Ancient tablets show days getting longer

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CLAY TABLETS taken from the site of ancient Babylonia have confirmed what astronomers have suspected for sometime: the days are getting longer, writes Steve Connor.

The tablets, which document the precise time of solar and lunar eclipses about 2,500 years ago, show the Earth is spinning slightly slower than at the time of the Babylonian astronomical observations.

If an accurate clock had been running for the past million days - about the time of the beginnings of Babylonian interest in astronomy - it would now be running several hours faster than the actual time judged by the positions of the Sun or stars.

Astronomers who have analysed the solar and lunar eclipses described in tablets in the British Museum calculate that the gradual slowing of the Earth's rotational spin means that day-length has been gradually increasing by about 1.7 milliseconds a century. The Babylonian day was one-twentieth of a second shorter than today's day.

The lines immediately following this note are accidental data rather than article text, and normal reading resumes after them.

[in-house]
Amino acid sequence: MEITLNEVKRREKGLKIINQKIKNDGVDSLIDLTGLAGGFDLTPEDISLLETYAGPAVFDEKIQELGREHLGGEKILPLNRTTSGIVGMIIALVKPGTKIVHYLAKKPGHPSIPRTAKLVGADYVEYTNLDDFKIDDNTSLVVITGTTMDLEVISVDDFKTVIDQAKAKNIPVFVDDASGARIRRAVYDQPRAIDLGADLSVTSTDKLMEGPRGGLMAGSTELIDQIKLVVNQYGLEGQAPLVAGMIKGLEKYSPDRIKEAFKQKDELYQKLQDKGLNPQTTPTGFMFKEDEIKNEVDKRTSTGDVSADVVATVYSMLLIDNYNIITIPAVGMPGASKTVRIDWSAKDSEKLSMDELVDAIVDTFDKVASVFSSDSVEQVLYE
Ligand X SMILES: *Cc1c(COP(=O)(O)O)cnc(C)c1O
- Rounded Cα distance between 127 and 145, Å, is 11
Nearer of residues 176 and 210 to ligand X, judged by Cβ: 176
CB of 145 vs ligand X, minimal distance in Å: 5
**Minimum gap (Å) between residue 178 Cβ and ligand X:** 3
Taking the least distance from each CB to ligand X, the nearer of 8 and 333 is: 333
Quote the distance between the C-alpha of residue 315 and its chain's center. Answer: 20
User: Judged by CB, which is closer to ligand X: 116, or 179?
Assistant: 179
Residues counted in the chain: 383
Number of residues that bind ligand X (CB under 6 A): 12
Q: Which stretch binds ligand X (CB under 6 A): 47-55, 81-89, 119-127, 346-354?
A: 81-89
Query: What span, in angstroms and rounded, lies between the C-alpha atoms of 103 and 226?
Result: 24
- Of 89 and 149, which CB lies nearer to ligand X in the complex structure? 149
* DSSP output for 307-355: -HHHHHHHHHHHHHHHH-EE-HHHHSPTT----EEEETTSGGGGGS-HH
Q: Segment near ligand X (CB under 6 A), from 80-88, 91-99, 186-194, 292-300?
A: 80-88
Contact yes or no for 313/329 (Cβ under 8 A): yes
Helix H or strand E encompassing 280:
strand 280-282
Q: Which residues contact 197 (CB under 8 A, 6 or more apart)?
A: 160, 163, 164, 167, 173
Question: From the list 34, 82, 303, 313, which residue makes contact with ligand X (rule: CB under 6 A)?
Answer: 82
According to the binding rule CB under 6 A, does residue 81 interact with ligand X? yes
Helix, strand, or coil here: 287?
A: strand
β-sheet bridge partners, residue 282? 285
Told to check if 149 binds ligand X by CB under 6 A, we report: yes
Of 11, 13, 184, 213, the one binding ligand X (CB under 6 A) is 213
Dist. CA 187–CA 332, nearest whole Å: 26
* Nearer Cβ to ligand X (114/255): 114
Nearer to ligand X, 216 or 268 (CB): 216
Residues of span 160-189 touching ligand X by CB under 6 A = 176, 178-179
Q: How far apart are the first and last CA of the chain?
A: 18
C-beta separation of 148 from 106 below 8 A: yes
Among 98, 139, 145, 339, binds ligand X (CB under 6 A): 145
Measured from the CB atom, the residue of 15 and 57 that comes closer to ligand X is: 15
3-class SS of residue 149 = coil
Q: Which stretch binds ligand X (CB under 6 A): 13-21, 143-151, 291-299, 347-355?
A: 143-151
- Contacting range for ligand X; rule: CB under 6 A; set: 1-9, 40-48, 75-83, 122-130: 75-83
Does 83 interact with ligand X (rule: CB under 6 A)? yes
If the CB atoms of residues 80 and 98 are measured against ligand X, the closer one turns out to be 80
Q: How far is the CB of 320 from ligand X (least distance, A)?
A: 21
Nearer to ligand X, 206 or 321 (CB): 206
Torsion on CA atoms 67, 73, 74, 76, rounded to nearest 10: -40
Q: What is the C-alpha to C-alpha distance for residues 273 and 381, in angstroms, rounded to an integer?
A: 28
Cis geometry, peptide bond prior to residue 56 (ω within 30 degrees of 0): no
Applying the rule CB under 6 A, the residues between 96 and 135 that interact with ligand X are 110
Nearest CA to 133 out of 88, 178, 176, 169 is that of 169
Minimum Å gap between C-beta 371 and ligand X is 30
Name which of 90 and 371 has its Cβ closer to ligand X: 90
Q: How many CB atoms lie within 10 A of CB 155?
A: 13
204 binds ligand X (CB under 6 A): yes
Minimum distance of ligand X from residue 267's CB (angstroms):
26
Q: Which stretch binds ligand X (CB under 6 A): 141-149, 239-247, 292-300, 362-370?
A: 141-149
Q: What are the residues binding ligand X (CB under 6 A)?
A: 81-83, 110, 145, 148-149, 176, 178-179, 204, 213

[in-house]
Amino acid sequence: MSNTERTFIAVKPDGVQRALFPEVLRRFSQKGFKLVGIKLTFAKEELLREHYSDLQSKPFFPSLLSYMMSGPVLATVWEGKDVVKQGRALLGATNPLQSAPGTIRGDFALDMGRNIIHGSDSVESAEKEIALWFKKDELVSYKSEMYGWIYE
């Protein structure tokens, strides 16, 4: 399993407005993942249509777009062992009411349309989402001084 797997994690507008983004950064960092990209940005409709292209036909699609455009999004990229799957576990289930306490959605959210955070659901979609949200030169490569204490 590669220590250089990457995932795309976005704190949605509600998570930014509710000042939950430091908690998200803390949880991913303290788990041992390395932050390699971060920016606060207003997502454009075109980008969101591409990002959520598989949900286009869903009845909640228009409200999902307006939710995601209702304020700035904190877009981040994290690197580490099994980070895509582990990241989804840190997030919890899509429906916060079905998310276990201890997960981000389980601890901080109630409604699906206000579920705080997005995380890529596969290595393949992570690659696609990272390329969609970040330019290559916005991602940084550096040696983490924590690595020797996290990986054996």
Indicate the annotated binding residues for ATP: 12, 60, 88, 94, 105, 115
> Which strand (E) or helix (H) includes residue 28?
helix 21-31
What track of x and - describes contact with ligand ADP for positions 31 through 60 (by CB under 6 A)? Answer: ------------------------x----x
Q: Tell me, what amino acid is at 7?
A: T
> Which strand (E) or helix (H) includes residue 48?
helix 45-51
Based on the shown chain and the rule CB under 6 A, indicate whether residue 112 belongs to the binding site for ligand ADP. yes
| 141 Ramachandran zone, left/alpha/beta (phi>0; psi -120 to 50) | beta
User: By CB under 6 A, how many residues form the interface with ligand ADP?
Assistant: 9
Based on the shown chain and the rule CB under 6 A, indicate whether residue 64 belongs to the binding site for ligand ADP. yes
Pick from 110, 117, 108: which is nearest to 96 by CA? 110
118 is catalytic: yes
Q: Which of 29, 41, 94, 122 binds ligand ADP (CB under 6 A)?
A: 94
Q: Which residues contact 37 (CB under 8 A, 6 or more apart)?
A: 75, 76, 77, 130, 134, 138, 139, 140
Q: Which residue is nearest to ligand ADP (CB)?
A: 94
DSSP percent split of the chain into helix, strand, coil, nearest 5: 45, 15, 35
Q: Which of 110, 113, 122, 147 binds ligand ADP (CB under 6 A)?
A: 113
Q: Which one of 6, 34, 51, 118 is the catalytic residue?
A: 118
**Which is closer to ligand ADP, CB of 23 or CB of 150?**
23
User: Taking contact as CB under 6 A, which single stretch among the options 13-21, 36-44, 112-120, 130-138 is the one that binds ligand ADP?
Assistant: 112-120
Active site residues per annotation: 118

Richard Stephenson of Durham University and Leslie Morrison at the Royal Greenwich Observatory have in addition analysed Chinese documents dating from between AD500 and AD1200 which also demonstrate that the days are getting longer. They will present their findings at next week's meeting of the Royal Astronomical Society at Leicester University.

Mr Morrison said the Earth's spin was slowing down because of the drag imposed on the planet by the Moon. Ultimately the days would get so long that they would coincide with a lunar month.